The Family Budgeters, a personal account of the work of family budgeting from the 1960s to the establishment of the Federation.  As one of the last “steam budgeters”, Dave was asked by the Federation Office to put together some kind of record of the earliest days of this remarkable movement of voluntary community service. That he was able to achieve this in 2015 is all the more important now that the Federation itself is moving on.

A Small Qango, the story of the Home Budgeting Advisory Committee to the Minister of Social Welfare, 1977-1987.  Dave served on this Committee for its full ten years, eventually becoming its Chair. It was the first attempt to direct public funding towards voluntary family budgeting groups. In charted new paths for a Quasi Autonomous Governmental Organisation.

Sunday, June 18, 2017

End-of-Life Choice and end of Voluntary Euthanasia Society

A quick AGM yesterday disposed of the name with which most of us have been a little uncomfortable for some time. The word "euthanasia" seems to be a turn-off for a lot of people. So, what used to be the Voluntary Euthanasia Society of New Zealand is now to be known as End-of-Life Choice. With hyphens.
The Committee is the same, the objective is the same, but we have chosen to eliminate an unsatisfactory expression.
Ironically the guest speaker in the afternoon public session. Dr Jan Bernheim, used the word "euthanasia" liberally and without qualification. But his fascinating talk made it clear that Belgium has moved far beyond our sensitivities around the use of the word. And they have certainly moved far beyond our tentative reaching out for some new practice that will express the growing concern for suffering people to have some choice about the ending of their life.
Before 2002 Belgium did not have the highly developed hospice movement that has made such a different to the quality of death for some decades in this country. But when they did address the issue of dealing with the last stages of life they had the opportunity to include a style of what they cheerfully call "euthanasia" along with a wide range of palliative care.
This linking of palliative care with doctor-assisted-death delights me. I've been feeling for some time that the body that is already dedicated to dignity in dying is the body that should embrace the opportunity to carry its objectives out to the full. Hospice, far from railing against physician-assisted-death, should be the organisation that develops a compassionate philosophy of patient choice about life's ending and introduces practical opportunities for that choice to be exercised.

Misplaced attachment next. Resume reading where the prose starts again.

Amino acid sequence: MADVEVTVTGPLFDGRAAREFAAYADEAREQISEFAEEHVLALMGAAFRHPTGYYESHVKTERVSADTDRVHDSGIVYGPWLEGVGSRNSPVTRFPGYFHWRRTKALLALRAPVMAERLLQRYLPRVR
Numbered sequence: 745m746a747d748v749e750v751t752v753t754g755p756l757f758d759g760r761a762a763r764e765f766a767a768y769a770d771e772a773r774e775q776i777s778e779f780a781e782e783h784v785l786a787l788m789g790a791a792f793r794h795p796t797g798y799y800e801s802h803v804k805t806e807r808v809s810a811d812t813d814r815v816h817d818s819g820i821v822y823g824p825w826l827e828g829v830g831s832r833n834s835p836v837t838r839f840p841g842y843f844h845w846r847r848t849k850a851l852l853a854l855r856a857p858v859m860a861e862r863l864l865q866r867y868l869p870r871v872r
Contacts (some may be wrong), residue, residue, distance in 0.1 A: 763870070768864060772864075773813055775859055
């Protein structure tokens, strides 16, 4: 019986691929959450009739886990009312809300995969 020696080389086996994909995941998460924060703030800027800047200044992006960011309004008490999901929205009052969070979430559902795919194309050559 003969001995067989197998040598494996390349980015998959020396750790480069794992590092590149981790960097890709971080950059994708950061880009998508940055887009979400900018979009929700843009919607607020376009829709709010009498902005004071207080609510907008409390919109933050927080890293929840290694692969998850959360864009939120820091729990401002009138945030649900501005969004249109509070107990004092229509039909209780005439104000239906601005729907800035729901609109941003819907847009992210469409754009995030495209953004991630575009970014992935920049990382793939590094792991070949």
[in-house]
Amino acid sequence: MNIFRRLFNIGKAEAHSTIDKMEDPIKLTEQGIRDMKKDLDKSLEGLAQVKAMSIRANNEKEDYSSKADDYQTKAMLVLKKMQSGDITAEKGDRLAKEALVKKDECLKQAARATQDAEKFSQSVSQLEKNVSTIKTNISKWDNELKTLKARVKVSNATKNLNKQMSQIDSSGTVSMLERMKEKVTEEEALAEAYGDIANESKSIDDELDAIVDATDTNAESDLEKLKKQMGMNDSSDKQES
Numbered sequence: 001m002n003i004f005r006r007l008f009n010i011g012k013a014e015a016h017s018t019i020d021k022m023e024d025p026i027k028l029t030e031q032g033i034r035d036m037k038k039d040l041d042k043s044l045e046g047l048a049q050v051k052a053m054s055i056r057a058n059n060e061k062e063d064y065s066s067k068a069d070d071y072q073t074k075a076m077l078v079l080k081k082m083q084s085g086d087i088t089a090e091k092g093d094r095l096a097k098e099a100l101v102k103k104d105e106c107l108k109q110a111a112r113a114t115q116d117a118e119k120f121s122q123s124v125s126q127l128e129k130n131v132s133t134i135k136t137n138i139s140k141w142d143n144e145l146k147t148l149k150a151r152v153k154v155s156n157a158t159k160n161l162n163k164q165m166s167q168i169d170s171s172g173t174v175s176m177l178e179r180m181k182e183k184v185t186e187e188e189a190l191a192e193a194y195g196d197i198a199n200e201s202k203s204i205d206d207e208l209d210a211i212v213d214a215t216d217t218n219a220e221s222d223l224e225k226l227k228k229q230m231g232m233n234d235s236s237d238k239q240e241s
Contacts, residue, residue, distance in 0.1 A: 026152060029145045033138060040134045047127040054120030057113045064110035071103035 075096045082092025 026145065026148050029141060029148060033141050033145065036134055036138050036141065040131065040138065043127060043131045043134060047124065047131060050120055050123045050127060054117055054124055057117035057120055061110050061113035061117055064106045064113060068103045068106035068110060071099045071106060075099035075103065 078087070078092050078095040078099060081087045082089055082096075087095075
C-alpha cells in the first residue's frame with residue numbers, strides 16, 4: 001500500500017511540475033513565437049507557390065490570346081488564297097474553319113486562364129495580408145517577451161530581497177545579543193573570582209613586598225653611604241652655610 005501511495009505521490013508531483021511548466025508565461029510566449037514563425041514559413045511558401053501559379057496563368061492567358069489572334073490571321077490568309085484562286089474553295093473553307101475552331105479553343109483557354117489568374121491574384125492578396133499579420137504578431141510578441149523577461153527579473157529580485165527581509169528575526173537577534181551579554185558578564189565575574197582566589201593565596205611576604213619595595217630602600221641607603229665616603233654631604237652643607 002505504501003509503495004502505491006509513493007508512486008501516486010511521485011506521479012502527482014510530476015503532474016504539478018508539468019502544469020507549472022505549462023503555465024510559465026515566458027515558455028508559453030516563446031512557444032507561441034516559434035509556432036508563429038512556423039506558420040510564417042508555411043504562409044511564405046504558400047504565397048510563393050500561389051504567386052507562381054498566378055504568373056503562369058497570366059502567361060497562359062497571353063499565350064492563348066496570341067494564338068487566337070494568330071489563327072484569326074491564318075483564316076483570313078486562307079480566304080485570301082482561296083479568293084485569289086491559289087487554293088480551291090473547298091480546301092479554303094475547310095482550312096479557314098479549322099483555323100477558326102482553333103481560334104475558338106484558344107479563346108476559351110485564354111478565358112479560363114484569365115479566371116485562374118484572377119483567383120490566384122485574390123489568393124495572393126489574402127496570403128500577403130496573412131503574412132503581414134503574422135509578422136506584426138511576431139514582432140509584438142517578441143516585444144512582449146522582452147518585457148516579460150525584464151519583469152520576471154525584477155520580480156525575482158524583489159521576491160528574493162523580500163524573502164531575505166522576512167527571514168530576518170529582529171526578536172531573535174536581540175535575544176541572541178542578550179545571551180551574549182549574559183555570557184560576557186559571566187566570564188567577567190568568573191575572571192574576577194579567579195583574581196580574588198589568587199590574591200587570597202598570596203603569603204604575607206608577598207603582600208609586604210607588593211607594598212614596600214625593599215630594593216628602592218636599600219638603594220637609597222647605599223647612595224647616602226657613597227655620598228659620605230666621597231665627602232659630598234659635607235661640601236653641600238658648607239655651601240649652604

When former Prime Minister John Key said "NZ doesn't need voluntary euthanasia because we have Hospice" he demonstrated a total misunderstanding of both and uttered a forgivable lie. When Hospice says NZ doesn't need any kind of doctor-assisted death, they also are fumbling with the truth. Worse, they are denying their organisation the opportunity to take a great step forward in their own mission of improving the ending of our lives.

Friday, June 16, 2017


I see the Interchurch Bioethics Committee is "disappointed" that Seymour's End of Life Choice bill has popped up in the Parliamentary ballot box. Well, I don't share their disappointment - I am overjoyed.
However, I appreciate those of their concerns which are based on realities. I hope, with them, that we will move through this process with dignity and precision, taking care to listen to all sides.
But to plead that the whole matter be held over indefinitely is failing to read the mood of the country. Parliament is already setting us a great example in hoping the matter will go away. Contrary to what they and the ICBC think, this matter is already an election issue and we need to make the best use of it that we can.

Friday, June 9, 2017

Another dip in the box


Another bill that has been just drawn from the Parliamentary Ballot box is also of interest to me. It's a bill that would legalise the use of medicinal marijuana... I might be glad to have access to that somewhere along the way before I decide about "medical aid in dying" (as I would like it to be called in this country).
But that's looking ahead at the moment. So far, have hardly started into the 720 doses of Panadol I was accidentally prescribed a few months ago.